Primary tabs

Michael Zwiebach

Michael Zwiebach is the senior editor/ content manager for SFCV. He assigns all articles and content, manages the writing staff and does editing. A member of SFCV from the beginning, Michael holds a Ph.D. in music history from the University of California, Berkeley.

Articles by this Author

Feature Article
January 8, 2008

As we begin the new year, San Francisco Classical Voice takes a look back at the performances of 2007 that some of our reviewers most enjoyed. As with any such list, the choices are entirely subjective. Each of these critics attended a large number of performances in their areas of specialization throughout the year, and so was able to choose from a broad range of music (in some cases, listing events they attended but that another SFCV critic reviewed).

More »
Feature Article
December 4, 2007

In the Western musical tradition, December is the time for the “holiday concert,” full of impressive, noisy praise, the sing-along Messiah, and dozens of choral offerings featuring carols and the more generic “holiday music.” Nowhere in the generalized musical prescription that fuels our annual shopping and eating binge does it say “gentle, 17th-century, Lutheran, devotional work.”
Sure, the Bay Area has recently seen a couple of performances of Marc-Antoine Charpentier's Christmas Mass and other substantial fare, but few organizations, with the notable exception

More »
Feature Article
October 9, 2007

Oakland Opera Theater is one of those refreshing arts organizations that thrives on risk-taking. Not content to restrict its repertory to 20th-century and contemporary works (an idea that would give most managers nightmares), the company brings a distinctive approach to productions both old and new.

More »
Archive Review
September 25, 2007

Sometimes a creative artist produces a work that releases more energy and inspiration than it costs, and suggests paths to the future, as well. Mozart's Il rè pastore (The shepherd king) is a case in point. The 1775 serenata, or modestly sized serious opera, is filled with glorious music from beginning to end, particularly in the second act. It contains percursors to Mozart's penultimate opera, La clemenza di Tito (The clemency of Titus, 1791), and some of its ideas were recycled into Idomeneo (1781).

More »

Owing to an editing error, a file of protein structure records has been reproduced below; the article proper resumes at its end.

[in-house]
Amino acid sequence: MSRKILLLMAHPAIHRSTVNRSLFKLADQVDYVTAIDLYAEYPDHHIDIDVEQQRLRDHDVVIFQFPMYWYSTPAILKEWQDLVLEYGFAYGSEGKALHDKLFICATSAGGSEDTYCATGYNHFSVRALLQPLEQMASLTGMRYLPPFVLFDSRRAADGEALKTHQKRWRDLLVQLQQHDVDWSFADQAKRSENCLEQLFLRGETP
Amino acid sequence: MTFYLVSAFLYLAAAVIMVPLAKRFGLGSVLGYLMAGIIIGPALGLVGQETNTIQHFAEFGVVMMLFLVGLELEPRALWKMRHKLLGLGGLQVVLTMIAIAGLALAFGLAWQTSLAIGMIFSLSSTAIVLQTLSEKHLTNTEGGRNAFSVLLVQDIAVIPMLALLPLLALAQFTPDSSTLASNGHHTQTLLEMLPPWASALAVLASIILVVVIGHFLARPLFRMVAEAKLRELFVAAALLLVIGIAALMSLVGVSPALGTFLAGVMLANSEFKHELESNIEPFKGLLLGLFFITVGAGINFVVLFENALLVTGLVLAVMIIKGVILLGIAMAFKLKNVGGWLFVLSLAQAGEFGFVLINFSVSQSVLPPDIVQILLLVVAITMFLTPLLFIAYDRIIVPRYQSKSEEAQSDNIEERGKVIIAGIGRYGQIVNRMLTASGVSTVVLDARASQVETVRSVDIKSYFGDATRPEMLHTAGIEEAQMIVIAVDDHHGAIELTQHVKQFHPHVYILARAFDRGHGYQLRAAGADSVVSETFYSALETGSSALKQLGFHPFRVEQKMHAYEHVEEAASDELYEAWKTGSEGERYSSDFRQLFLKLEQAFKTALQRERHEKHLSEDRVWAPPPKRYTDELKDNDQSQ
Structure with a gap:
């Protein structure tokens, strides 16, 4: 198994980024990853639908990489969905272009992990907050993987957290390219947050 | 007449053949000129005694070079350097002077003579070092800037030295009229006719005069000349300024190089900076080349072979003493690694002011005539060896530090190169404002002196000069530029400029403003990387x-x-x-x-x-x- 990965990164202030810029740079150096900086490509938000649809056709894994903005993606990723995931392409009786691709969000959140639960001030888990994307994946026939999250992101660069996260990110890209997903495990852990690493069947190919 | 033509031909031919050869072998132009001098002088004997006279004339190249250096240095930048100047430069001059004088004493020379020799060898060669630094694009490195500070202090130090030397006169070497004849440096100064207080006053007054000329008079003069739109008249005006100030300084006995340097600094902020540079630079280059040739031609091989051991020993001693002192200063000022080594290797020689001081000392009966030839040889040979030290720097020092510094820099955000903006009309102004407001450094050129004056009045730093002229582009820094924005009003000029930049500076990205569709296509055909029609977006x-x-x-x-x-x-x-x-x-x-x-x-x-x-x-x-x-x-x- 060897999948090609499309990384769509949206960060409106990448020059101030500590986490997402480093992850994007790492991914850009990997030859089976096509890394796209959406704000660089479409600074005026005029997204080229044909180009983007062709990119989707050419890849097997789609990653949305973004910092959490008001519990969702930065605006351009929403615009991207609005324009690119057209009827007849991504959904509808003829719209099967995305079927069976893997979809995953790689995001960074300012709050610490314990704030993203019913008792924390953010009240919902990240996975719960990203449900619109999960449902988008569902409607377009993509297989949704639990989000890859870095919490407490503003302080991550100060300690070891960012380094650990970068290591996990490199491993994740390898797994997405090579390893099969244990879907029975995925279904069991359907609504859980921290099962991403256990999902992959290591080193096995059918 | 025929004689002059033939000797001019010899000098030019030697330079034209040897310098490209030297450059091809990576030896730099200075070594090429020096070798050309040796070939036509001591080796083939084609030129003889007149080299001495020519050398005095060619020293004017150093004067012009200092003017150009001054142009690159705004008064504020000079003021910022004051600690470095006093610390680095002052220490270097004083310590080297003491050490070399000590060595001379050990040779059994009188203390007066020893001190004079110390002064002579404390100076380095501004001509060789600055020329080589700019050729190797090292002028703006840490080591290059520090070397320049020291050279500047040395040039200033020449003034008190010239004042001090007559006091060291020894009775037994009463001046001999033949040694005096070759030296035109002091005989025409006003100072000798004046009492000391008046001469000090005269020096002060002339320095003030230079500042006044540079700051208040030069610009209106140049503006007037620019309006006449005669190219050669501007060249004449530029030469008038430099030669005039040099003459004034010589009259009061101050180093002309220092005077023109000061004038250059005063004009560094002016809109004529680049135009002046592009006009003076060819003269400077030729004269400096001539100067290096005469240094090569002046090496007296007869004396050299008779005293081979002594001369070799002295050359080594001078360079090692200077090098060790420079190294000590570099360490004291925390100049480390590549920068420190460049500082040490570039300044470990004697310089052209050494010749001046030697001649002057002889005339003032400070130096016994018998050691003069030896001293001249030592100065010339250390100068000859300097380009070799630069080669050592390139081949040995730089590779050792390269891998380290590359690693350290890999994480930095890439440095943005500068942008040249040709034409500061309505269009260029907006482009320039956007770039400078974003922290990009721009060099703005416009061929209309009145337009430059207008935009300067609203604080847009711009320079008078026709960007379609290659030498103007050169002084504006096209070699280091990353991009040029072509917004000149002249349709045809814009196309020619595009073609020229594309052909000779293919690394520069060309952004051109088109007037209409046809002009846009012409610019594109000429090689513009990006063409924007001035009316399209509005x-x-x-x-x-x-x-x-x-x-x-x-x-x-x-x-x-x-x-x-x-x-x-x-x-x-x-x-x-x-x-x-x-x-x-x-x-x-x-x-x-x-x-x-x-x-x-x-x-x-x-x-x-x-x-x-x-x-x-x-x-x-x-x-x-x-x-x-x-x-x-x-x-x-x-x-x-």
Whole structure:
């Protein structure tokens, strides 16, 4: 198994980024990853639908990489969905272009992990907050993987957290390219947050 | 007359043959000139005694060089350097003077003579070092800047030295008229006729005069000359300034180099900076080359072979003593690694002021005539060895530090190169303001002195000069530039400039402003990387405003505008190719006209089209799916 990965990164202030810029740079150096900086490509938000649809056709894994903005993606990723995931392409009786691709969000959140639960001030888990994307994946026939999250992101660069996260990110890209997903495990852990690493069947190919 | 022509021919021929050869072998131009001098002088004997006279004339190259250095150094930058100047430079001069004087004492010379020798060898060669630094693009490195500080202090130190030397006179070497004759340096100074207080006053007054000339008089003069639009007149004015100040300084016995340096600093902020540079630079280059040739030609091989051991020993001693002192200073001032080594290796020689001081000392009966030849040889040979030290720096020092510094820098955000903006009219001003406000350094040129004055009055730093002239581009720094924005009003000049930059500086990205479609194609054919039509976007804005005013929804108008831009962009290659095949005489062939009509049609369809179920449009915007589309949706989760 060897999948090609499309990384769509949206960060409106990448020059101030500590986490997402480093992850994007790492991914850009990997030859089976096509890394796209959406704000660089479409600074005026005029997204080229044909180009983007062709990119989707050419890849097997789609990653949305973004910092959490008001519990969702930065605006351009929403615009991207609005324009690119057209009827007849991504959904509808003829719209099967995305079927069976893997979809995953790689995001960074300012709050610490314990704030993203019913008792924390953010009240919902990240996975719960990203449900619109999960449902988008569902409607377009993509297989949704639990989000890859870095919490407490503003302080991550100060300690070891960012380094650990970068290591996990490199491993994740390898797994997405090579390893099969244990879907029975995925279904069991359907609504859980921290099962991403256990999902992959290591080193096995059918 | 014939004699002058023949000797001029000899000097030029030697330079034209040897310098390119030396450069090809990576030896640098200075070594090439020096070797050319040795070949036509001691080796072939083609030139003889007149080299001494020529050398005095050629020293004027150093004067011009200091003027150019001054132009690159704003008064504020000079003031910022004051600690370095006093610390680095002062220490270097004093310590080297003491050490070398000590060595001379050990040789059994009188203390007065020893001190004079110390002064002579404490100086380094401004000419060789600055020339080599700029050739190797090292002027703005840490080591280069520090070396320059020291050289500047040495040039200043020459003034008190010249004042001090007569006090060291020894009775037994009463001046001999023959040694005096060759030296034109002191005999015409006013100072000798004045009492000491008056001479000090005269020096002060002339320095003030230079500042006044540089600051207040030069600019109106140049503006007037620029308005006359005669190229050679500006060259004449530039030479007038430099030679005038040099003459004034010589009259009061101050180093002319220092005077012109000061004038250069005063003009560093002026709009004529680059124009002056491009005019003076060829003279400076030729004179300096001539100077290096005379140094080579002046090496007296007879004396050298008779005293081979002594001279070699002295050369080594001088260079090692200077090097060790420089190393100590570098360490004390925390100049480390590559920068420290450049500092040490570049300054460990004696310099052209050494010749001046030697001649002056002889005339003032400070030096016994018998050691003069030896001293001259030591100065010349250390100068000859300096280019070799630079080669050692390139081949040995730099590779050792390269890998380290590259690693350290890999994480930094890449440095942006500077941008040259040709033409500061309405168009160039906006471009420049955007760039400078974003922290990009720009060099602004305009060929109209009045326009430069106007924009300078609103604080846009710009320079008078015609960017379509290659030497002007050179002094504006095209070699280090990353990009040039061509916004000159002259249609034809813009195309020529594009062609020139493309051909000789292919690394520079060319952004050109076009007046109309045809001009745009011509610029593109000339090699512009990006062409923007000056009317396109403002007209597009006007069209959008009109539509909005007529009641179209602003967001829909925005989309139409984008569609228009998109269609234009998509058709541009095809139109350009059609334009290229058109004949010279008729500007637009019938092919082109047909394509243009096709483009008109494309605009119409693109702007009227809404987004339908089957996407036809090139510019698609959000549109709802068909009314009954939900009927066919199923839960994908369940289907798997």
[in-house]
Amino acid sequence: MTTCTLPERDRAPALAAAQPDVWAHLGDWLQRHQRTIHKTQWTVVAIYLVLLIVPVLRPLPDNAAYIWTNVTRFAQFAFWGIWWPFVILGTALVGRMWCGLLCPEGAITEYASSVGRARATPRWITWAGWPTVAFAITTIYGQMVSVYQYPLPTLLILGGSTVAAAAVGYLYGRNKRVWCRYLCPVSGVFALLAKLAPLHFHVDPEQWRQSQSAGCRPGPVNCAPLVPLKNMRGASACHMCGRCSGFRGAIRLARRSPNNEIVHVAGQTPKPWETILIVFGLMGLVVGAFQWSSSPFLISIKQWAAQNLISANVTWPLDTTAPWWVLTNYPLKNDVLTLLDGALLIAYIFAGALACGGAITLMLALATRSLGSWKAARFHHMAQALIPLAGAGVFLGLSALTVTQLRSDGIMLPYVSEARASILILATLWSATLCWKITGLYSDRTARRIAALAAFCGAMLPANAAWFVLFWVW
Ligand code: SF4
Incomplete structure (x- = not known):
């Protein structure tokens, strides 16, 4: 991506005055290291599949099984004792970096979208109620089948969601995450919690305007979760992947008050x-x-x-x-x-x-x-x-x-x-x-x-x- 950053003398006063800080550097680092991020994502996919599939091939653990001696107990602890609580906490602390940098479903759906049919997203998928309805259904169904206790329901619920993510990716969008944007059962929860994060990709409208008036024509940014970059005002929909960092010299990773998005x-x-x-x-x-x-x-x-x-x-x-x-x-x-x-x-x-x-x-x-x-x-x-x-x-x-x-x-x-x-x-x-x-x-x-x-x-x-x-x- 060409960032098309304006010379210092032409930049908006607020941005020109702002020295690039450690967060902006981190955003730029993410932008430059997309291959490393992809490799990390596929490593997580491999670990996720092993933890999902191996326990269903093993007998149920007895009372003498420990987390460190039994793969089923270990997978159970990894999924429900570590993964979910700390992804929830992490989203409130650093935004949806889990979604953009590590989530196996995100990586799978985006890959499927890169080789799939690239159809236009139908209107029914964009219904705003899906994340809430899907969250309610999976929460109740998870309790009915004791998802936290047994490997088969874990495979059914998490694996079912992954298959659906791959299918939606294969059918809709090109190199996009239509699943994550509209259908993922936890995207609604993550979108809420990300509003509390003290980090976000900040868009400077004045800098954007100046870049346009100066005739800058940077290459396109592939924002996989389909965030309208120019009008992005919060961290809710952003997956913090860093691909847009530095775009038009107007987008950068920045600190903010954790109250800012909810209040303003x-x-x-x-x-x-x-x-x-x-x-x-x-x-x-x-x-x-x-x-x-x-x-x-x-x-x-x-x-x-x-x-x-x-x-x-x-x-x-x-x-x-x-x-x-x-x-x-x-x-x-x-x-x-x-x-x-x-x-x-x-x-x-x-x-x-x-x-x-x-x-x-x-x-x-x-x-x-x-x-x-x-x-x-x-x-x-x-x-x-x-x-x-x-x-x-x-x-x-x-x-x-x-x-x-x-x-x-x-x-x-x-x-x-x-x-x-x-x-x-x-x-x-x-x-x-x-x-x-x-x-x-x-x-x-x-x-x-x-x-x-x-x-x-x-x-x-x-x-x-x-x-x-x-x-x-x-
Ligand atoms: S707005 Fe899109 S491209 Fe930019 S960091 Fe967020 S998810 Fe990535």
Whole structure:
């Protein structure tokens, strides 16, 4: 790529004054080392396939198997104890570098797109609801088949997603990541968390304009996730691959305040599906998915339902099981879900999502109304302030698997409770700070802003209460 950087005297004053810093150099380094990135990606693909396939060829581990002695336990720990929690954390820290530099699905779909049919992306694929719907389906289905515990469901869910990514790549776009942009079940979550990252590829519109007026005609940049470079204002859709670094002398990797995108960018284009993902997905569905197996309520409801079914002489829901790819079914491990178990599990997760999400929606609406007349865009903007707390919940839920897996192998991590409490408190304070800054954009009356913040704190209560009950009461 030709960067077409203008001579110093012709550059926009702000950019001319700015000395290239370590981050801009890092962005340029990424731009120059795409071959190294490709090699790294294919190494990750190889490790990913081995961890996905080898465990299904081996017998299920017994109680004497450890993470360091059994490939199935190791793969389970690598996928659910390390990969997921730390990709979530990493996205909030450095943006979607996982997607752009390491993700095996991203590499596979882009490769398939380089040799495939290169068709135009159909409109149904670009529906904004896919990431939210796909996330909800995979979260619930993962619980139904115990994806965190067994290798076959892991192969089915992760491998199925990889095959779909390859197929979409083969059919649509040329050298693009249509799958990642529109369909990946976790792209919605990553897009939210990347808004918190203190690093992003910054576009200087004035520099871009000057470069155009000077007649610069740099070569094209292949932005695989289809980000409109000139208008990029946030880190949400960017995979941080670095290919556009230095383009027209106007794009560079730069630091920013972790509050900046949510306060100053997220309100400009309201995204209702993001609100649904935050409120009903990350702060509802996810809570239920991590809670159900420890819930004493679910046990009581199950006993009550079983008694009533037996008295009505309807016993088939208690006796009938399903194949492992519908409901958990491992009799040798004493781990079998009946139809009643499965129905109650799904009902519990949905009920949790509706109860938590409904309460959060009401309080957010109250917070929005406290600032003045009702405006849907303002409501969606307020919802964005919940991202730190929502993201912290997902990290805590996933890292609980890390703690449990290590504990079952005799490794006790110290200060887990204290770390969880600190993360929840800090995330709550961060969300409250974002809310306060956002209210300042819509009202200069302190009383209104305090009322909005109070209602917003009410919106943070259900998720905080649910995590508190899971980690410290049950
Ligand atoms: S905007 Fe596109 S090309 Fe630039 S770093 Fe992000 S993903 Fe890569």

Feature Article
August 21, 2007

You have to be a bit of a high-stakes gambler to be an opera composer. You spend a long time, probably several years at least, carefully putting together a project, writing and revising it, and seeing it through to performance (assuming it's been accepted for production). And then, even if the first audiences applaud it — not necessarily a given — its future is uncertain.And the same thing is true for an opera company. Commission a work, and win the prestige of having performed it. But
later see it disappear into the ether, along with money, sets, and costumes.

More »
Feature Article
August 14, 2007

You have to be a bit of a high-stakes gambler to be an opera composer. You spend a long time, probably several years at least, carefully putting together a project, writing and revising it, and seeing it through to performance (assuming it's been accepted for production). And then, even if the first audiences applaud it — not necessarily a given — its future is uncertain.And the same thing is true for an opera company. Commission a work, and win the prestige of having performed it. But
later see it disappear into the ether, along with money, sets, and costumes.

More »
Archive Review
July 10, 2007

Music festivals, whether of the mini or maxi kind, invite audiences to think of music as part of an entire experience. For most of the year, we're content just to hear a concert. But the summer festival experience is also partly about location and lingering twilight. In this, American Bach Soloists holds a few cards that make its SummerFest programs irresistible, beyond the superior concerts that are the main reason for attending. The little St. Stephen's Church, nestled into a hillside near the bay in Belvedere, hosts ABS throughout its season.